One of the NBA's most efficient starters, the 26-year-old Brogdon should have the chance to raise his production in a higher-usage role. Helping the Pacers and Oladipo return to a top seed in the East could elevate Brogdon's image to that of a star.
Buddy Hield, Sacramento Kings
After he raised his scoring average in each of his four seasons at Oklahoma, Buddy Hield has gone from averaging 10.6 points per game as a rookie and 13.5 points as a sophomore to 20.7 points in 2018-19.
That track record highlights his knack for returning from offseason workouts a sharper player.
Compared to other recent draftees, Hield appears to have a smaller window for success since he's already 26 years old. But he wouldn't be the first to take his game to an All-Star level this late. Nikola Vucevic, 28, just made his first All-Star team in his eighth season.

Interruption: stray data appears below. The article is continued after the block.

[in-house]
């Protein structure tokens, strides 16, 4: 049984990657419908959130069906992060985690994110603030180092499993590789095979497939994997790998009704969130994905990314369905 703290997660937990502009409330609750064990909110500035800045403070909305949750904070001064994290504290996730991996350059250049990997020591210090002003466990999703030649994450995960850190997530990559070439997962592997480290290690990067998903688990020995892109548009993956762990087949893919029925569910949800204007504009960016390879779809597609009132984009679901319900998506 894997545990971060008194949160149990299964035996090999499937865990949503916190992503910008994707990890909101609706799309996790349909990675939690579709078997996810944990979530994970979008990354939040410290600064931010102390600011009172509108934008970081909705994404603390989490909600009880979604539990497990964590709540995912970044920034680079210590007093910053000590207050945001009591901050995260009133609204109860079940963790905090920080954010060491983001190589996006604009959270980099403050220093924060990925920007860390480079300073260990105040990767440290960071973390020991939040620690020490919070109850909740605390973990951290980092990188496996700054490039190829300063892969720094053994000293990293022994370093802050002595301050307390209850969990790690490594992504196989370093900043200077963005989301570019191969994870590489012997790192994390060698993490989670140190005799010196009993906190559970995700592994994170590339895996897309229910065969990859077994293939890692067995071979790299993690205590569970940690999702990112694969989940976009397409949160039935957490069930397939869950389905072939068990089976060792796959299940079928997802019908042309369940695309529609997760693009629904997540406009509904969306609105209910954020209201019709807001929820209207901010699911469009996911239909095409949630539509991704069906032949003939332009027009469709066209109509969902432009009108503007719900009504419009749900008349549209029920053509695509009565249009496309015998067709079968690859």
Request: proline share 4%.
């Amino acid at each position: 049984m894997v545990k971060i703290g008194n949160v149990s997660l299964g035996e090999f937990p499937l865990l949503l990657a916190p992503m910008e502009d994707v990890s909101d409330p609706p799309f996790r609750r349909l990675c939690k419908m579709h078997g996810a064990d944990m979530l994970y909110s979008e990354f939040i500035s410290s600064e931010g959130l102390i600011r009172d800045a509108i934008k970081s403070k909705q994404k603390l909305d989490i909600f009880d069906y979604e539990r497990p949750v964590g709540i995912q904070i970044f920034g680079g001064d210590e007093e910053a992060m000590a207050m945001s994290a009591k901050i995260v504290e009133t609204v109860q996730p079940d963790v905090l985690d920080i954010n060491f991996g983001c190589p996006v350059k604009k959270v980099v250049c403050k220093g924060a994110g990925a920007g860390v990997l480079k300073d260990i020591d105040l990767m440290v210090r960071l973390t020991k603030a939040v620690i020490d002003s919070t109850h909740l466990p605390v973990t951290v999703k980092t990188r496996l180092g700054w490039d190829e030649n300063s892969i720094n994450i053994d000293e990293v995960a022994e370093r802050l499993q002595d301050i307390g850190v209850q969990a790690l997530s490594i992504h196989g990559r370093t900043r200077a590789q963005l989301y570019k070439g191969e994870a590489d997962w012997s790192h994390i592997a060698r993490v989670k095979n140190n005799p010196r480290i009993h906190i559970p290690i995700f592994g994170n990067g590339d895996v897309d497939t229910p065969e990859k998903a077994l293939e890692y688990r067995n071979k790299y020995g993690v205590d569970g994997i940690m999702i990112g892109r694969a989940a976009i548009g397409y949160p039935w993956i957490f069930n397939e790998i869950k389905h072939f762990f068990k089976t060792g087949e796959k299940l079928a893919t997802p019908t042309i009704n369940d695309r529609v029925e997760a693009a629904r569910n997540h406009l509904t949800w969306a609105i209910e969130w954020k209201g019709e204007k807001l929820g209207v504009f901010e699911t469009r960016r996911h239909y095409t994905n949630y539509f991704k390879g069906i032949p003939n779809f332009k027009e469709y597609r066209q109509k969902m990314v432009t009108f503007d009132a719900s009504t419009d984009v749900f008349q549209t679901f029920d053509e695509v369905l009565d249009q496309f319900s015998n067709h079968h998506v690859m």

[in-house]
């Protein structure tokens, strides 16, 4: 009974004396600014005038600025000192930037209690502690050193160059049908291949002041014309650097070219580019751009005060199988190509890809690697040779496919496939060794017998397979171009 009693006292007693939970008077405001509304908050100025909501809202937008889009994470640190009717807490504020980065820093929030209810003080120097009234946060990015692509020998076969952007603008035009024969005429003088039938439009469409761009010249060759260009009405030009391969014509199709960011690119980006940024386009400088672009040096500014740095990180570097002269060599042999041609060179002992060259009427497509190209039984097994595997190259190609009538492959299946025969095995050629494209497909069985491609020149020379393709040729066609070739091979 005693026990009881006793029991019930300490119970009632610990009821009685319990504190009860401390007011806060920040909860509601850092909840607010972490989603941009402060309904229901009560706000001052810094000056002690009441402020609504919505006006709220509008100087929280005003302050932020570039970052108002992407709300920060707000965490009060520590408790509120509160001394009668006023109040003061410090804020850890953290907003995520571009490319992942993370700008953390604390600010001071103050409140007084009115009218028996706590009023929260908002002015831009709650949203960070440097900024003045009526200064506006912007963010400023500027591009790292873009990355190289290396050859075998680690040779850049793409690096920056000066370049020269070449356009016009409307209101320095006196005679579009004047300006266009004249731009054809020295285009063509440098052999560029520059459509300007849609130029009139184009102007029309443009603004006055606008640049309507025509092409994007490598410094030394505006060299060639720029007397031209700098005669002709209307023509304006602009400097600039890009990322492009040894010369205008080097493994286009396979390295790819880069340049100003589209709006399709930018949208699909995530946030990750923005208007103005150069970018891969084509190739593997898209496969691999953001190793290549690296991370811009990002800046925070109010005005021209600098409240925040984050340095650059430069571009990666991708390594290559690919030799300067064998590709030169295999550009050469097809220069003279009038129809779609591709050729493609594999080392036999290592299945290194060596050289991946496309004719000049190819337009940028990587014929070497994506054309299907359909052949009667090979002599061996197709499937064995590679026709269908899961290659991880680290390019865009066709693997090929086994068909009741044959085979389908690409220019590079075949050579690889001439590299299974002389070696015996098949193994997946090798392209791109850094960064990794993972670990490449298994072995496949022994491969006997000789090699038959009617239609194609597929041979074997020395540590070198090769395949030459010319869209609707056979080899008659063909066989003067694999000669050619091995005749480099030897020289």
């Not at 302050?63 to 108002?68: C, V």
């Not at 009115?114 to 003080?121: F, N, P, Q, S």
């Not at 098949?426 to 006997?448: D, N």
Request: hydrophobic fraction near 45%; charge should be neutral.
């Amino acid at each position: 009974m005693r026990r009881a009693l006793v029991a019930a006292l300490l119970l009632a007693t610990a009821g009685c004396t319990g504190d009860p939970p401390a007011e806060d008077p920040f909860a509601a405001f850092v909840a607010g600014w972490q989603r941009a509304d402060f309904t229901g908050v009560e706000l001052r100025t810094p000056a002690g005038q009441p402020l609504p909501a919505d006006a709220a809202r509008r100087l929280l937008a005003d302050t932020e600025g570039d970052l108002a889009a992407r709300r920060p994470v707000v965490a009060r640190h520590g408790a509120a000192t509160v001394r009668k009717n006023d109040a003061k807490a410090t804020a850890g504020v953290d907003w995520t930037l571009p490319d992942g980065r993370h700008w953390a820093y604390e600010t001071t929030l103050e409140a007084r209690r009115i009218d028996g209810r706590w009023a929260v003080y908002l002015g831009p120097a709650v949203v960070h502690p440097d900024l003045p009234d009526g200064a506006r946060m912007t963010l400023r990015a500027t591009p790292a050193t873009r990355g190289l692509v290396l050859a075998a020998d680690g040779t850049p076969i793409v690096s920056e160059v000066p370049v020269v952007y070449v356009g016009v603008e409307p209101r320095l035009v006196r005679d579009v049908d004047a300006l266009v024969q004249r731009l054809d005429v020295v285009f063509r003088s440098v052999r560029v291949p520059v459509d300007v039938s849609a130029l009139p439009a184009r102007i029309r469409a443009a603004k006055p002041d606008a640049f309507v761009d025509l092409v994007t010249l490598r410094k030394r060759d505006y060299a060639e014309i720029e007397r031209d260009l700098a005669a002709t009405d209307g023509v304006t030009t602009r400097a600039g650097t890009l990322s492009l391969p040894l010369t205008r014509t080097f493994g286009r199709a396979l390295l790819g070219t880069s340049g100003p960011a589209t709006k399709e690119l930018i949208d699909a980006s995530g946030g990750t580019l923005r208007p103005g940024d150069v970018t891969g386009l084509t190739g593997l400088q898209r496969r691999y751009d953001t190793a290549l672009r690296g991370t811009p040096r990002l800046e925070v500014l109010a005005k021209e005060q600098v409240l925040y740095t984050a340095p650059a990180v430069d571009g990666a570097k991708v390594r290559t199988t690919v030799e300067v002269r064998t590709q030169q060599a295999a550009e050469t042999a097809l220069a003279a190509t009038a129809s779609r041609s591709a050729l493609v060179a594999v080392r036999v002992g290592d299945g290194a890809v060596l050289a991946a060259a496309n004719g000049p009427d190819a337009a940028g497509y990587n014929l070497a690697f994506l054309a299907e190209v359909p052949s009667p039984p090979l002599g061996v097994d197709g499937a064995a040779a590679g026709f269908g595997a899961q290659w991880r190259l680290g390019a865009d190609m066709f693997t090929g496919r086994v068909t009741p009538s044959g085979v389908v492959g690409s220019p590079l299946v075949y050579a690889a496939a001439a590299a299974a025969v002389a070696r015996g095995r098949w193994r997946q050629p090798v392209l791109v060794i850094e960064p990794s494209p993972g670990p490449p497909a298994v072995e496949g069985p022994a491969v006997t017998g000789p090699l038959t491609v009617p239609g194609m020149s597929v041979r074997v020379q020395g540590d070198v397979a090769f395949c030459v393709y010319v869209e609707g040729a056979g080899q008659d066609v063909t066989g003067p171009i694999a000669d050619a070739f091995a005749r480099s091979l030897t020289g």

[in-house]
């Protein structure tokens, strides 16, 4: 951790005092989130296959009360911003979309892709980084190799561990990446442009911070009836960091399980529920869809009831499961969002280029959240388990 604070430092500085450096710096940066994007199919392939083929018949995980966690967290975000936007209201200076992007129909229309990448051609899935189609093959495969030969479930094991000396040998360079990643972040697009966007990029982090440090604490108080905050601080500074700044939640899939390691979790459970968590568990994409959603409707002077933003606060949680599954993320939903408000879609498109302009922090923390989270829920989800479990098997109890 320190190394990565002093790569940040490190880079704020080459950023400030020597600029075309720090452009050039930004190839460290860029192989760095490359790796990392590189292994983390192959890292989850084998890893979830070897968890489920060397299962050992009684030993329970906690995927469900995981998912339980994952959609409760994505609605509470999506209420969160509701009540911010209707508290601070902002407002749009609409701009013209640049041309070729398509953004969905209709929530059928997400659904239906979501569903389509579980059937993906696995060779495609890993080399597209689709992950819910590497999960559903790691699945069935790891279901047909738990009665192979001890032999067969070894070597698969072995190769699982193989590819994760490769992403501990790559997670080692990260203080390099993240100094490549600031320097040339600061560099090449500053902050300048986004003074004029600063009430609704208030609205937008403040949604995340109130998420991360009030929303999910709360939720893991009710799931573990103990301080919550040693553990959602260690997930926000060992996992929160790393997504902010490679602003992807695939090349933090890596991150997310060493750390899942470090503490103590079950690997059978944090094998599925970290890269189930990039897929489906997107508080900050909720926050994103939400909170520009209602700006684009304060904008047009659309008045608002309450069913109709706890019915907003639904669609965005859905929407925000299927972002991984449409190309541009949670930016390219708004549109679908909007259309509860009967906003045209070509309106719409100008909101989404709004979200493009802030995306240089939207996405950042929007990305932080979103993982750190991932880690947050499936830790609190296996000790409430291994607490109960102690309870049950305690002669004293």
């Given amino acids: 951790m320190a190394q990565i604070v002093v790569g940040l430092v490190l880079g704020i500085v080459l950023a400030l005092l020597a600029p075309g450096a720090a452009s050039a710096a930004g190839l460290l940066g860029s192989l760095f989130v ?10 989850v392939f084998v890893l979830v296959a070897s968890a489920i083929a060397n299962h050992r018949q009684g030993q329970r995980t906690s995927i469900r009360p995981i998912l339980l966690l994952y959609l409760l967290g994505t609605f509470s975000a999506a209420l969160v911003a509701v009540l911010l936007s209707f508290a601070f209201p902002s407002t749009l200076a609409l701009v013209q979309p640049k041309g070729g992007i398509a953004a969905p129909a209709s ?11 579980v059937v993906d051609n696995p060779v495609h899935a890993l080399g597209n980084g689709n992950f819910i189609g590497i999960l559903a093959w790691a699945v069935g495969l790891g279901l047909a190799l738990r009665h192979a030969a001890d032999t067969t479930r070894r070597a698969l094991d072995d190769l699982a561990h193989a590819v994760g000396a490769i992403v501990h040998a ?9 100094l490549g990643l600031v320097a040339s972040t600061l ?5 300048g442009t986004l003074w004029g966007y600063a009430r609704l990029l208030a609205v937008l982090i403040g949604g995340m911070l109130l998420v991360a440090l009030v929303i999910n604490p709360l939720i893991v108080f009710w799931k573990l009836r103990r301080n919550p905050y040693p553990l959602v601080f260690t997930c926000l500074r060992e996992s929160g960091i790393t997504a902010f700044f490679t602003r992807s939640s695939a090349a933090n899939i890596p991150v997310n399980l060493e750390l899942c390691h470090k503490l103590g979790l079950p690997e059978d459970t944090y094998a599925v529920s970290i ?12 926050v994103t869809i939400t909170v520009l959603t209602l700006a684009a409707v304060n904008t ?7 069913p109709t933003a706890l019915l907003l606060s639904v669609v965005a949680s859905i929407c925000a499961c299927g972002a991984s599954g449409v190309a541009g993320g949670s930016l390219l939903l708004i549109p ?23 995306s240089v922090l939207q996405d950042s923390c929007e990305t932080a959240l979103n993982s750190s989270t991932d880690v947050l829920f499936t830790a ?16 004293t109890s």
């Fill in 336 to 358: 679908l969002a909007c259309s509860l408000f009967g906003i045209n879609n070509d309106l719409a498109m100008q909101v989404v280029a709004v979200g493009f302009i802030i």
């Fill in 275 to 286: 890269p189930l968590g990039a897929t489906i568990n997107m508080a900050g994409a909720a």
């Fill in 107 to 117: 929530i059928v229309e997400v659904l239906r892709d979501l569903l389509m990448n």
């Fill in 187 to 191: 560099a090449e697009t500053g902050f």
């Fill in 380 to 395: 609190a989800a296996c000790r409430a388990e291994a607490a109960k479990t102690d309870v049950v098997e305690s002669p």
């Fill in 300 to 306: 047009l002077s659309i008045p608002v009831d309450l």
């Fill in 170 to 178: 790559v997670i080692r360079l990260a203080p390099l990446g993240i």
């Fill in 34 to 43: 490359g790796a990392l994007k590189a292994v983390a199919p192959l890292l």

By ages 28 to 30, it seems possible 2016's No. 6 pick could have a scoring average in the mid-20s with a near 60.0 percent true shooting percentage. The numbers will be more meaningful if the Sacramento Kings can make a playoff run—something a core of Hield, Fox, Marvin Bagley III, Bogdan Bogdanovic, Trevor Ariza, Harrison Barnes and Dewayne Dedmon seem capable of pulling off, more likely in 2021.
Three seasons into his NBA career, Hield is already one of the league's most dynamic three-point shooters, coming off a year in which he shot 52.6 percent from the left corner, 50.0 percent from the right corner and 40.5 percent from above the break. Among players to make at least 200 threes last year, only Curry (43.7 percent) shot better than Hield's 42.7 percent.